OMAAT commenter Andrew M. is a frequent traveler and points/miles enthusiast as well as a knowledgeable wine expert, who weighed in on the great English sparkling wine debate a couple months ago. Because wine takes on a totally different flavor and complexity at 35,000 feet as opposed to sea level, Andrew M. has offered to share his insights as to maximizing your enjoyment of wine in flight; he’s also reviewed wine on a few different first class and business class legs for comparison. Enjoy this series, and thanks, Andrew M.!
Introduction And Selecting Wine On Airplanes
Wine Review: American Business Class Beijing To Dallas
Wine Review: American First Class Dallas To Madrid
Wine Review: Cathay Pacific First Class Frankfurt To Hong Kong
Conclusion And Bottom Line
Note from Andrew M.: Apologies for the picture quality – I only had my cell phone and I didn’t want to annoy the crew too much by taking multiple shots of the wine and slowing down meal service for others.
Cathat Pacific First Class Wine
Cathay Pacific 288, FRA-HKG
Krug Grand Cuvée
Vincent Girardin Puligny-Montrachet Vieilles Vignes 2010
Artisan The Sands Black Marlborough Sauvignon Blanc 2013
Wine Promotion – The Rhône Valley
Château Brainaire-Ducru, 4ème Cru Classé 2007
Villa Maria Reserve Marlborough Pinot Noir 2010
Wine list general commentary
A large focus on cool climate wines made me a little leery about how they’d translate in the air. The region of the Burgundy white is not known for fruit forward wines (contra the wine list descriptions). New Zealand sauvs are often quite good and fruity but while their pinots are good, they are typically not fruit forward wines.
The Bordeaux is described as “elegant” which often means subtle and complex – not a good sign; and it is from the Left Bank of Bordeaux, which, while it includes the most prestigious AOCs, is also the coolest and typically produces the most complex wines of the region.
I love Pinot – it’s probably my favorite red, but a New Zealand pinot is the definition of a cool climate red.
I like the partnership with the Rhône Valley – Rhône wines are typically spicier and more full bodied than their Northern counterparts and I previously had a great experience with a Rhône wine in American Airlines First Class.
As far as the Champagne goes, Krug is Krug and needs no introduction.
Tasting Notes (on the ground): A little bit of toast and spice on the nose. Green apple flavors dominant with a slight hint of berry/fig on the finish. Drinkable but a bit monoflavored.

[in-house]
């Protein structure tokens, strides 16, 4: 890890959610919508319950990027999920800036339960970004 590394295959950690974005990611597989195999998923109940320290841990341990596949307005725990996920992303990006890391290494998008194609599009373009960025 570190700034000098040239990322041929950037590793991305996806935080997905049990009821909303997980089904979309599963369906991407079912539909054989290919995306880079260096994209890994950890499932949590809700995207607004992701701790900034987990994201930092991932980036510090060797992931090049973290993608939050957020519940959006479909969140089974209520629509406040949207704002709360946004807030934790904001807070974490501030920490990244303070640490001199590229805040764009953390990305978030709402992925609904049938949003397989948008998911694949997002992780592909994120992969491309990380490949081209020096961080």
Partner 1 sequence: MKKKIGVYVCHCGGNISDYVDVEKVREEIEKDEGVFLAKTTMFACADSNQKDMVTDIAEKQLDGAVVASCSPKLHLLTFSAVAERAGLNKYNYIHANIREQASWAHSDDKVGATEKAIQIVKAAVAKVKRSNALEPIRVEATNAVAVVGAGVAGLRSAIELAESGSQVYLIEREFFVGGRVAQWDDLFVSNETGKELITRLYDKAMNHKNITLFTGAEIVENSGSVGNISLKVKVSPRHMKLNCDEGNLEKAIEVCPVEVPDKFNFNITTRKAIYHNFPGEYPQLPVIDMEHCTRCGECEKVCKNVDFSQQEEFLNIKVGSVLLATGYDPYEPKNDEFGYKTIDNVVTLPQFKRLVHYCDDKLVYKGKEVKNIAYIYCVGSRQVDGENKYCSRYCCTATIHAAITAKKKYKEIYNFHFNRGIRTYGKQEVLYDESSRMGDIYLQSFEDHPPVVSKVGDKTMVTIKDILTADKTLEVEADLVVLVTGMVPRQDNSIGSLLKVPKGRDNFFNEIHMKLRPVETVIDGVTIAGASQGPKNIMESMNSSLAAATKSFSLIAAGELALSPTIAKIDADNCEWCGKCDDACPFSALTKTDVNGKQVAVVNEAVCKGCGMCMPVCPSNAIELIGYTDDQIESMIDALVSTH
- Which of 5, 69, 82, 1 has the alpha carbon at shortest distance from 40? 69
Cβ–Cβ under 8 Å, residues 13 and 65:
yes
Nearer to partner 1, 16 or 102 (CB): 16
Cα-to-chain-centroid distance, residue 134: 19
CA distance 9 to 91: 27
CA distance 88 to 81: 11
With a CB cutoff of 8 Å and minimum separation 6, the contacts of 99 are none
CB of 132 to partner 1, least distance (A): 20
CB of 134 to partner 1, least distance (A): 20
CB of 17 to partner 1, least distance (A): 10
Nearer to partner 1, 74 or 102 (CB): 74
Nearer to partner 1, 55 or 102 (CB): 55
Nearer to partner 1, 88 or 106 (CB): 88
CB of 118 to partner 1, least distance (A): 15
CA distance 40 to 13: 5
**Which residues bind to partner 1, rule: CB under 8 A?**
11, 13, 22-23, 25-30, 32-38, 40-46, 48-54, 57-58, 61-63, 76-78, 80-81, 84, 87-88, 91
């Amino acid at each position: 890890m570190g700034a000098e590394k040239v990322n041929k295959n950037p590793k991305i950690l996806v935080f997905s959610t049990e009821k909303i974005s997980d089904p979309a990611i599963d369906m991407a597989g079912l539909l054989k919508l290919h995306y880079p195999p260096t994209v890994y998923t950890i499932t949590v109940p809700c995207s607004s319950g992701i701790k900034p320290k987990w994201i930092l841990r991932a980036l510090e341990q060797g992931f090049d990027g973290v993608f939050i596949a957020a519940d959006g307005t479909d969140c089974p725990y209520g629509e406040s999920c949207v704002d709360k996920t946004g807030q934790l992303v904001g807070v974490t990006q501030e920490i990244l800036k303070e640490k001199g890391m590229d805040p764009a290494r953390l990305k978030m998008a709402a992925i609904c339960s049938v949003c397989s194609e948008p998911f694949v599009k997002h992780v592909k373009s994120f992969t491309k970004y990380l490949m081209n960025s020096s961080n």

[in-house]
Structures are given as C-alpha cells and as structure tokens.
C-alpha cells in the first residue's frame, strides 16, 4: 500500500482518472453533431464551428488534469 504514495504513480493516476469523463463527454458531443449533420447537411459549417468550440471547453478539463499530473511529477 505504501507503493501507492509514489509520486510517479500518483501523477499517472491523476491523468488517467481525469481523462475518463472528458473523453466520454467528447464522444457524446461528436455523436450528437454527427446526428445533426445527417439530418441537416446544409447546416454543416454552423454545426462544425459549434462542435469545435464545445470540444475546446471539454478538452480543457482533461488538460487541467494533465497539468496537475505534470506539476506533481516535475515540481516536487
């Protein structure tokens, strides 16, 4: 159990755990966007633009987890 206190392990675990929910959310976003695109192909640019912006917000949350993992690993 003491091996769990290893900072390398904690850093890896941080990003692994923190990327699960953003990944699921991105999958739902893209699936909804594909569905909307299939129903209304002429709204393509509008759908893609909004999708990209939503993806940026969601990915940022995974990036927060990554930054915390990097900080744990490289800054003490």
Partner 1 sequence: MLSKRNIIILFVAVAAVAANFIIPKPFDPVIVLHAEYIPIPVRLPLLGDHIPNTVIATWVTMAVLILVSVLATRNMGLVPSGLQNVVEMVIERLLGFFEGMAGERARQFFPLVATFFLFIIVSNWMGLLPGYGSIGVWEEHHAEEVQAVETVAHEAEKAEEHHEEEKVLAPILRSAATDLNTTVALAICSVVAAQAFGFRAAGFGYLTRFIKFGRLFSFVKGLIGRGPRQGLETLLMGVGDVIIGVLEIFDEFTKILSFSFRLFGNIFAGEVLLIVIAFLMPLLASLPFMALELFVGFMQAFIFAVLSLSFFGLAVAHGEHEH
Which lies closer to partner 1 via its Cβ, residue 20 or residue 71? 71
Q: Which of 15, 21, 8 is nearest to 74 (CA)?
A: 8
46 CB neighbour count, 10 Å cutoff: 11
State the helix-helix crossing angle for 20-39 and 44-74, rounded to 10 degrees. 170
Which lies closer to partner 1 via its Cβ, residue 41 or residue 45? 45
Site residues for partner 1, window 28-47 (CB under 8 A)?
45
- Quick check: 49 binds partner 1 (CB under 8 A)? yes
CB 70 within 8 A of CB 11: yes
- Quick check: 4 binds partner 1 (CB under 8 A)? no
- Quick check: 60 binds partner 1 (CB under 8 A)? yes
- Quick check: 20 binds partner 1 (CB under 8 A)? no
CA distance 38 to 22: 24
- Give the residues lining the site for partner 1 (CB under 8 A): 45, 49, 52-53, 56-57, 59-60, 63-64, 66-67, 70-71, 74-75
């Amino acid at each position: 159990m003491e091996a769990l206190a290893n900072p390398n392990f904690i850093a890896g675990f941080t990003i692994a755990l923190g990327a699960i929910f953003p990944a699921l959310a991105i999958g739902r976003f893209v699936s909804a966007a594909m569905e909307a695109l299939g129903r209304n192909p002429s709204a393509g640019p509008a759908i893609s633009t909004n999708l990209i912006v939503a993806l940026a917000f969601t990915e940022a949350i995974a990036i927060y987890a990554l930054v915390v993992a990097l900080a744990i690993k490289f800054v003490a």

My Rating (0-5 scale)(on the ground): 3.0
Tasting Notes (in the air): Green apple notes fade and just a modest creaminess/fig flavor remains. In some ways improves the taste.
My Rating (0-5 scale)(in the air): 3.5
Tasting Notes: Spicy with moderate oak presence. Modest stone fruit in the nose. Finish is modest and uninteresting.
My Rating: 2.0
Tasting Notes: Pear on the nose. Strong notes of gooseberry/raspberry. A pleasant and drinkable wine although not particularly complex or interesting.
My Rating: 3.0
Tasting Notes: Nose is dominated by the tannins. Very modest fruit expression. What you might expect from Trader Joe’s.
My Rating: 1.5
Tasting Notes: Sweet cherries on the nose with a hint of tannins. Acidic wine with a modest cherry flavor and a bit of spiciness. Drinkable but not much interesting going on.
My Rating: 2.0
Tasting Notes: Rich ripe fruit on the nose. Full bodied with nice tannins and acidity. Good raspberry and tobacco notes and a very pleasant cherry finish.
My Rating: 4.0
Probably my Krug review will mean this will be my first and last post on the blog for such heresy but I actually preferred the Gosset on the ground over the Krug. Surprisingly the Krug opened better in the air as the green apple flavor became a little less dominant.
Most of the expensive French wines disappointed, no doubt because of the altitude factor. Surprisingly, from the main wine list, it was the cheapest wine onboard that I liked the most, as a good New Zealand Sauv does well on airplanes and can usually be had fairly cheaply.
In sum, a good list on paper but the list suffered from having to include “name brand” wines and cool climate wines. While Cathay’s wine list no doubt costs more than the American Airlines First Class wine list, I’d take the American Airlines First Class list hands down.
Stay tuned for further installment in Andrew M.’s series as he provides his final thoughts on in flight wine in this series.